When the members of Dayton Contemporary Dance Company hit the stage in excerpts from Talley Beatty's 1960 Come and Get the Beauty of It Hot and Donald Byrd's 1991 Dark Joy, they're 60 percent eye-grabbing technique and 40 percent attitude. Beatty pioneered in black sass, and created steps so rapid, intricate, and percussive that a dancer practically has to be angry just to deliver them cleanly. Slice! Chop! Punch! Byrd creates brainy structures to challenge himself (''Each movement of the single dancer is interpreted by the sextet who represent her head, torso, arms, and legs''), but what comes across is a speedy, high-intensity ritual of murderous modern ballet performed by a corps, two couples, and a high priestess fringed with fishnet and encrusted with jewels. Dancer G.D. Harris, who rides Beatty's superfast steps better than anyone, unfortunately adds attitude to Asadata Dafora's 1932 Awassa Astrige/Ostrich, substituting arrogance for dignity. Odd, since this short, finely designed solo by one of the first choreographers to work with African material was staged for the company by Ella Thompson- Moore; her late husband, Charles, danced it magnificently.
A world premiere, Offering, by resident choreographer Kevin Ward, makes the dancers look completely different, human, changeable. Meet Sheri Williams, no longer just a little bundle of confrontational energy, but an interesting woman working and playing her way through a long, fascinating solo that dialogues with music by, for God's sake, Glazounov. Let your eye travel with hers while four couples perform simultaneous duets. Watch men take turns carrying Alvin Rangel like a baby, while choral music (by Delius now) offers a hosanna. Learn what a fine, full dancer Monnette Bariel is.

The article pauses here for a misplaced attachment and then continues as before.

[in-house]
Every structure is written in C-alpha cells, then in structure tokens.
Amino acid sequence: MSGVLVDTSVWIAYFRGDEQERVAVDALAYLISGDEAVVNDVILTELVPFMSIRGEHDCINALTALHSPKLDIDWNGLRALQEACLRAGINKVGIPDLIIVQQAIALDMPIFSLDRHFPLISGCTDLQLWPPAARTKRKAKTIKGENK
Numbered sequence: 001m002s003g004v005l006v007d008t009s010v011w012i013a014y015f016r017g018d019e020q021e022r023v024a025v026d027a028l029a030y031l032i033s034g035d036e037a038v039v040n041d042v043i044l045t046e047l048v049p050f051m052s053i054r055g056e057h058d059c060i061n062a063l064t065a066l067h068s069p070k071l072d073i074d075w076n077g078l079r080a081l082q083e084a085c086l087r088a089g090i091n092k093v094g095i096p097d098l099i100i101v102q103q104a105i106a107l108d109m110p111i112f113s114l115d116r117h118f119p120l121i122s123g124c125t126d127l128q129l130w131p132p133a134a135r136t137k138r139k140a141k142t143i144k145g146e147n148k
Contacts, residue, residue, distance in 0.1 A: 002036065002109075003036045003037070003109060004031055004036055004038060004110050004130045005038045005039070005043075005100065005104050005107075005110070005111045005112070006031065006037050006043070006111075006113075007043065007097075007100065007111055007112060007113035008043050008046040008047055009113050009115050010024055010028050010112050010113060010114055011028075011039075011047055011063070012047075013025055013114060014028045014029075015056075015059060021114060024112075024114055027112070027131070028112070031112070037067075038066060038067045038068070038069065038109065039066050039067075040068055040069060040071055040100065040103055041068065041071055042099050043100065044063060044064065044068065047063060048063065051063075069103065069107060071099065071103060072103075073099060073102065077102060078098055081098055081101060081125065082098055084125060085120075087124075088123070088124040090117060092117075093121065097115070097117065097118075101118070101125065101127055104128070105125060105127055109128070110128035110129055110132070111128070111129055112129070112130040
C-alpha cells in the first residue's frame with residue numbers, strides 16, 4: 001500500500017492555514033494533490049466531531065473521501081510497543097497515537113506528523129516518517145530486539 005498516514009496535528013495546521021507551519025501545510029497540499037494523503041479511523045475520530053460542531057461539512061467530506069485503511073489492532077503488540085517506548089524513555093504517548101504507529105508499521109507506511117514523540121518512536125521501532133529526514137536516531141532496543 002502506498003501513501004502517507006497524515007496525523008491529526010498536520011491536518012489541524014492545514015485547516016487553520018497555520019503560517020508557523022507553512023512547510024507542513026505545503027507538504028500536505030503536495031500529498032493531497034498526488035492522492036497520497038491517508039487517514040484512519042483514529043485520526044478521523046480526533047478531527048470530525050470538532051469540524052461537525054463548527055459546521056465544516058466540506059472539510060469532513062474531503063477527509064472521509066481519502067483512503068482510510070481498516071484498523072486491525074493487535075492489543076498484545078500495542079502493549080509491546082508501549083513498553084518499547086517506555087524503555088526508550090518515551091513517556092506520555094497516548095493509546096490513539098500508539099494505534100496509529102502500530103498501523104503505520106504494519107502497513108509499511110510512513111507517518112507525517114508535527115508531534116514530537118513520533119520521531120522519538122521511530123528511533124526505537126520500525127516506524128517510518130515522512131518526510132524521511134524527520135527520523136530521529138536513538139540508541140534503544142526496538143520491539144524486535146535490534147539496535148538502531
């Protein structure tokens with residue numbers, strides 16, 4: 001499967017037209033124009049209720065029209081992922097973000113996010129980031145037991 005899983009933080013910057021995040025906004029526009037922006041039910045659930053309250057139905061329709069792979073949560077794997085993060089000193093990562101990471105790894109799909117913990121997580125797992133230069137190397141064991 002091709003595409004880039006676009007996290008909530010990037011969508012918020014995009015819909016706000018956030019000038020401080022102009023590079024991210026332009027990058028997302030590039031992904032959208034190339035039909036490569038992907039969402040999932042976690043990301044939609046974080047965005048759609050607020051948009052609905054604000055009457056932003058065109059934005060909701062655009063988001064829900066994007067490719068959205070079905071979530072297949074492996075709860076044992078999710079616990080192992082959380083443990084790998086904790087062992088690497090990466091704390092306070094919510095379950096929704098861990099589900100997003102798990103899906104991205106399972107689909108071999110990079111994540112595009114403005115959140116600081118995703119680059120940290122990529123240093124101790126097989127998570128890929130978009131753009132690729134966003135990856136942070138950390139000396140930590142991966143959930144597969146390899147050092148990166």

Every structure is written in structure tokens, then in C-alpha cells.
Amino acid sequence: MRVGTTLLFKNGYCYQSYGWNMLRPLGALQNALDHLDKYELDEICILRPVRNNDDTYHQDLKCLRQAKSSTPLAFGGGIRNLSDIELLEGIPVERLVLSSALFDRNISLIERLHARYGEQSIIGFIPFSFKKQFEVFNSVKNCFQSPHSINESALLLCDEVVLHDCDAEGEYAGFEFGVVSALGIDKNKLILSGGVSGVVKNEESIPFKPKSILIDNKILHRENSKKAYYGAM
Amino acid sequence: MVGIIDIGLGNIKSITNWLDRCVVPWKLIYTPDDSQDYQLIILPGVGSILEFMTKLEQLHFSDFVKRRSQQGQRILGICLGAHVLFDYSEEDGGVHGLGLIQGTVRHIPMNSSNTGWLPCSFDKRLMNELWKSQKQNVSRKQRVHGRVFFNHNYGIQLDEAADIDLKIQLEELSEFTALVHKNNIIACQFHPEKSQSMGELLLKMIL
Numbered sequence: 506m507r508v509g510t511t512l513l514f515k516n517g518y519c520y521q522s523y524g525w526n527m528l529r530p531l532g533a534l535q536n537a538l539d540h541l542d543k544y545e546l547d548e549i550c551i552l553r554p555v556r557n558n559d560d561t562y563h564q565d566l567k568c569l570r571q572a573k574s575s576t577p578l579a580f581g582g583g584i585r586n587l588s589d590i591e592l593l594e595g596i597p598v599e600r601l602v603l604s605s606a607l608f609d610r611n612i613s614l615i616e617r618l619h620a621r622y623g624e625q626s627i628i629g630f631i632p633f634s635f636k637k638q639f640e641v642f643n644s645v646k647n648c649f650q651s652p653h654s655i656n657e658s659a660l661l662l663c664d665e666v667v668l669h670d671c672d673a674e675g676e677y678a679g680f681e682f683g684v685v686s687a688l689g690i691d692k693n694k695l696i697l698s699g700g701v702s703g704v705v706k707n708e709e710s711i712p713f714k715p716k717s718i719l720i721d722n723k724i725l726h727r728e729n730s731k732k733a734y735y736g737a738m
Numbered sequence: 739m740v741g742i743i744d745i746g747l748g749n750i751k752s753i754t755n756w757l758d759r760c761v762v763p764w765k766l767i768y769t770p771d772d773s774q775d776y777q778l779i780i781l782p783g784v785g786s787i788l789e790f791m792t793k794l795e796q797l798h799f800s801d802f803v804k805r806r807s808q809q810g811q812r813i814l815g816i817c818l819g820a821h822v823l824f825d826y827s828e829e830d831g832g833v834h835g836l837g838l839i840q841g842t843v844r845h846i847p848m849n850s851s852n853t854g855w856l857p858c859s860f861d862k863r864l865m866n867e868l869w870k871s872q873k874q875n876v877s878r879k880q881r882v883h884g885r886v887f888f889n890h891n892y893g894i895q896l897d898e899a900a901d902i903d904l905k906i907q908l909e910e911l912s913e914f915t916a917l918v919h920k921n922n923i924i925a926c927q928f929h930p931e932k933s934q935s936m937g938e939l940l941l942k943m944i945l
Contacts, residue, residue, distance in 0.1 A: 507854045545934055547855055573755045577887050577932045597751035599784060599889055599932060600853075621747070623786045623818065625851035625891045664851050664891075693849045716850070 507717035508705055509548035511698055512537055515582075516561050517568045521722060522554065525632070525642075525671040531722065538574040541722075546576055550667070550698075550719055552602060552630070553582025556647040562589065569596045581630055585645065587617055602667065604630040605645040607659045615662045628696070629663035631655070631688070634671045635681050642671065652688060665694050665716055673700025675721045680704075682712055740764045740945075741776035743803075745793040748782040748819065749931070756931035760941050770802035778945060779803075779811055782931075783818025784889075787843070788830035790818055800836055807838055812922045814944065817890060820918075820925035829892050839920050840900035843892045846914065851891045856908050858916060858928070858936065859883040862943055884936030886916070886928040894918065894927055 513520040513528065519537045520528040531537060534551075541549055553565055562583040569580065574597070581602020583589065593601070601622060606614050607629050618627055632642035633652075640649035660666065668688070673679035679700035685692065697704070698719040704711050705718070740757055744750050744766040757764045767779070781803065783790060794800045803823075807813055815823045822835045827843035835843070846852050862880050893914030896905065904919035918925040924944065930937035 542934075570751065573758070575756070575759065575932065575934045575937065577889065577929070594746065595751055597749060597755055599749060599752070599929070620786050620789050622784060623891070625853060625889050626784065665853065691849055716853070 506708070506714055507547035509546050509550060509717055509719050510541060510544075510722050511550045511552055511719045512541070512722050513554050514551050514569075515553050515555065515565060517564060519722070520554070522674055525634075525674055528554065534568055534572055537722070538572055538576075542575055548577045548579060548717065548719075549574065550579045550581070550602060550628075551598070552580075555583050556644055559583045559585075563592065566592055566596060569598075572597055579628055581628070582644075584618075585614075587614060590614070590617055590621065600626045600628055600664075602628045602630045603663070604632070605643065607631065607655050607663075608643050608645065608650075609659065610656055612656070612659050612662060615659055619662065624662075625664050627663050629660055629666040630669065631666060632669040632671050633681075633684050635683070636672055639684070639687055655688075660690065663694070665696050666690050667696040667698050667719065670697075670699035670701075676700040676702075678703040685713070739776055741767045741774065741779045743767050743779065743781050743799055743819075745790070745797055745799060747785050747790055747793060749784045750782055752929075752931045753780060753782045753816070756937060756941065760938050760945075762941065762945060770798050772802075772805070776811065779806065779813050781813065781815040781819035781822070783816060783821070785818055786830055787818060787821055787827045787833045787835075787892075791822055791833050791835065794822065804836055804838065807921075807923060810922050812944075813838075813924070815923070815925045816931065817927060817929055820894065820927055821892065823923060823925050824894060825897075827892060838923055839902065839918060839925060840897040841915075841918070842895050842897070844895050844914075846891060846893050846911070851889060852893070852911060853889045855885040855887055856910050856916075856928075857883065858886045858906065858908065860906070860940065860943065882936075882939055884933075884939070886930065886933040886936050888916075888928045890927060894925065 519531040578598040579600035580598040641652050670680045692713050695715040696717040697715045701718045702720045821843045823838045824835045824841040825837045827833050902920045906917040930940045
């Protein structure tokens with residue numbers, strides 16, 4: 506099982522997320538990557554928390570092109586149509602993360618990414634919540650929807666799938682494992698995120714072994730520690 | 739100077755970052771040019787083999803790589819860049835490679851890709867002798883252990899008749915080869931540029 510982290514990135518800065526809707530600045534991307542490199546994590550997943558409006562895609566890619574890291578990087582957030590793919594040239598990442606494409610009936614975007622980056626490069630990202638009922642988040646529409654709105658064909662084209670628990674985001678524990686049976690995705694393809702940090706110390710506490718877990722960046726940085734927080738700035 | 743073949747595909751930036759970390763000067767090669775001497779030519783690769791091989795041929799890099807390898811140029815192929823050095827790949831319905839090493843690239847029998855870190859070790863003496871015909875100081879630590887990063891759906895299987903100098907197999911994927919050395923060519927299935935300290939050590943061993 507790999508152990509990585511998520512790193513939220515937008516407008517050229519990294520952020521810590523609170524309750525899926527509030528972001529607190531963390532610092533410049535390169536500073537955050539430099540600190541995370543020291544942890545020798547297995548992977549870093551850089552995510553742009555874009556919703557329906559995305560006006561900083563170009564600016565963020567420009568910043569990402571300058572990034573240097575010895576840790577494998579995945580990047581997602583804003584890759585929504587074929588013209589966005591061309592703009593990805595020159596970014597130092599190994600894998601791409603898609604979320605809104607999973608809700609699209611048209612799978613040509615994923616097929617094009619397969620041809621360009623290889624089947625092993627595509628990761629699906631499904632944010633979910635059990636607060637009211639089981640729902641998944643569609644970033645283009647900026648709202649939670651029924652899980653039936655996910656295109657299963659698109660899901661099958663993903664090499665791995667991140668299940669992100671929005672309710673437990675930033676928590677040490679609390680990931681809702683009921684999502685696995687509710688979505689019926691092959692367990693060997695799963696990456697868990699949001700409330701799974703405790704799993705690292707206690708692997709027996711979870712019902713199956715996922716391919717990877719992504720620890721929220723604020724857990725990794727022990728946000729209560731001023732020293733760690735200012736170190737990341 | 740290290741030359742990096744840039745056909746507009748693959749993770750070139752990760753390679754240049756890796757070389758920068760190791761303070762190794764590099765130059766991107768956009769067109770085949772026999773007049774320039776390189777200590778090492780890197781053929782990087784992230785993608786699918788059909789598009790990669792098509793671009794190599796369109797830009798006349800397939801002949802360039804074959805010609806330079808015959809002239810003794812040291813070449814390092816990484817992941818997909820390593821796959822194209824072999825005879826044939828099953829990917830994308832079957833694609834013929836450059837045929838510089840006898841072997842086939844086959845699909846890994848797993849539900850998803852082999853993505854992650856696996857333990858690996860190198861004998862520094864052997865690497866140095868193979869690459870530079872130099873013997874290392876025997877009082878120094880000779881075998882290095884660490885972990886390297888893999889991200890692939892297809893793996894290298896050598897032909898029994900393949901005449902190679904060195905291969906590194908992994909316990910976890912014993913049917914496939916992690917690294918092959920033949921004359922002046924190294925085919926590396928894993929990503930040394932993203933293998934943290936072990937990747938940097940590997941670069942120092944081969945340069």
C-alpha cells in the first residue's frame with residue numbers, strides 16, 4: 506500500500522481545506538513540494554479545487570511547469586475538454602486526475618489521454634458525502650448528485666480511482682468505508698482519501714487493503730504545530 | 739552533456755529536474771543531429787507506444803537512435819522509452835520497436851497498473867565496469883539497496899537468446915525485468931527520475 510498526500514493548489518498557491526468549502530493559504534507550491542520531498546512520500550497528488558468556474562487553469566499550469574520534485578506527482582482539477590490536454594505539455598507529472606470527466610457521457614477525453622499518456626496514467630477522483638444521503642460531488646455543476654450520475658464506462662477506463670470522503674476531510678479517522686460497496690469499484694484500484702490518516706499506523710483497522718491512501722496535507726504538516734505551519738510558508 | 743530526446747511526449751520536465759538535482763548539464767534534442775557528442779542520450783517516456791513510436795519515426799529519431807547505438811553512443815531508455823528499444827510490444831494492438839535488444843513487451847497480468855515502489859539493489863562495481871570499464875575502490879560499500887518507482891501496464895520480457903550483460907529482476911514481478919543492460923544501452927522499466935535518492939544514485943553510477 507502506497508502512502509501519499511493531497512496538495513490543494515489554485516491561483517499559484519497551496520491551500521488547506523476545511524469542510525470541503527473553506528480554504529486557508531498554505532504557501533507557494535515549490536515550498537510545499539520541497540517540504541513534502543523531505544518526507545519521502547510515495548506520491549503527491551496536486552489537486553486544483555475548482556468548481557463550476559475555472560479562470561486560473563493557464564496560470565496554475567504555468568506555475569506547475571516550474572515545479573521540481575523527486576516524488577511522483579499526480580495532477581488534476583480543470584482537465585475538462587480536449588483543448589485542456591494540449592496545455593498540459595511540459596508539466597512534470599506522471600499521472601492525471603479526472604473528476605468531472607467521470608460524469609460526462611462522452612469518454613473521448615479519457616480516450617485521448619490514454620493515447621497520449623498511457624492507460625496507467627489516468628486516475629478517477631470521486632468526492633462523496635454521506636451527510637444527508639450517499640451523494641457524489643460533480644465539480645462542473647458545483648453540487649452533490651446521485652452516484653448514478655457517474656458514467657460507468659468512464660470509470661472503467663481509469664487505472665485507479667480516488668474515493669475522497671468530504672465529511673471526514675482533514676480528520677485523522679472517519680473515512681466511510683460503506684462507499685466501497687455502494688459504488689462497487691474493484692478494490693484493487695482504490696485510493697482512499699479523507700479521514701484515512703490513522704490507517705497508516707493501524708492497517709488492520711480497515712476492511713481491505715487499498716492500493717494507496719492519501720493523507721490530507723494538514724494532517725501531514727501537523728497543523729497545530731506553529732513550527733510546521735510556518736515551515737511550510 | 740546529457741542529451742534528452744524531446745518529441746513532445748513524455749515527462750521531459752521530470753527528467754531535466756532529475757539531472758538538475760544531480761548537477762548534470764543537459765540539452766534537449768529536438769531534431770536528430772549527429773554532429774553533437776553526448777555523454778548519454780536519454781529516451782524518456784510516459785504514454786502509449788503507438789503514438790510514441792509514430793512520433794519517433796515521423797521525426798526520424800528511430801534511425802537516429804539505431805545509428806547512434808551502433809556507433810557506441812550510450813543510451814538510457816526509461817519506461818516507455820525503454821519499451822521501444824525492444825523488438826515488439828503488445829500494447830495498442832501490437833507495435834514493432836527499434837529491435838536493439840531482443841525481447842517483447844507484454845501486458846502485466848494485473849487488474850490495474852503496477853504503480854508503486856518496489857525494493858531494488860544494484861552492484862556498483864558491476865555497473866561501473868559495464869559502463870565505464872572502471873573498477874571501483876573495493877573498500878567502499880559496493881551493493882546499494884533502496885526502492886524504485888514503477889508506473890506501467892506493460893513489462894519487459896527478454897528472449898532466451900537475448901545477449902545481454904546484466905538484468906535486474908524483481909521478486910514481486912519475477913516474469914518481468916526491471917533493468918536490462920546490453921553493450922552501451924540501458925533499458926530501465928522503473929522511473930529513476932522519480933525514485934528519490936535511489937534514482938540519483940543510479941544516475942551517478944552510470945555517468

Ward's work is dedicated to the late James Truitte, founding member of the Ailey company and DCDC's master teacher for 20 years. In the exalted finale, individual dancers are briefly spotlit in poses associated with Truitte's roles. Offering may not be flawless, but it's full of beauty and a gift to these vibrant dancers. At the Joyce, they carried their individuality into the stamping-clapping intricacies of Reach by Rhythm in Shoes codirector Sharon Leahy, and brought down the house.
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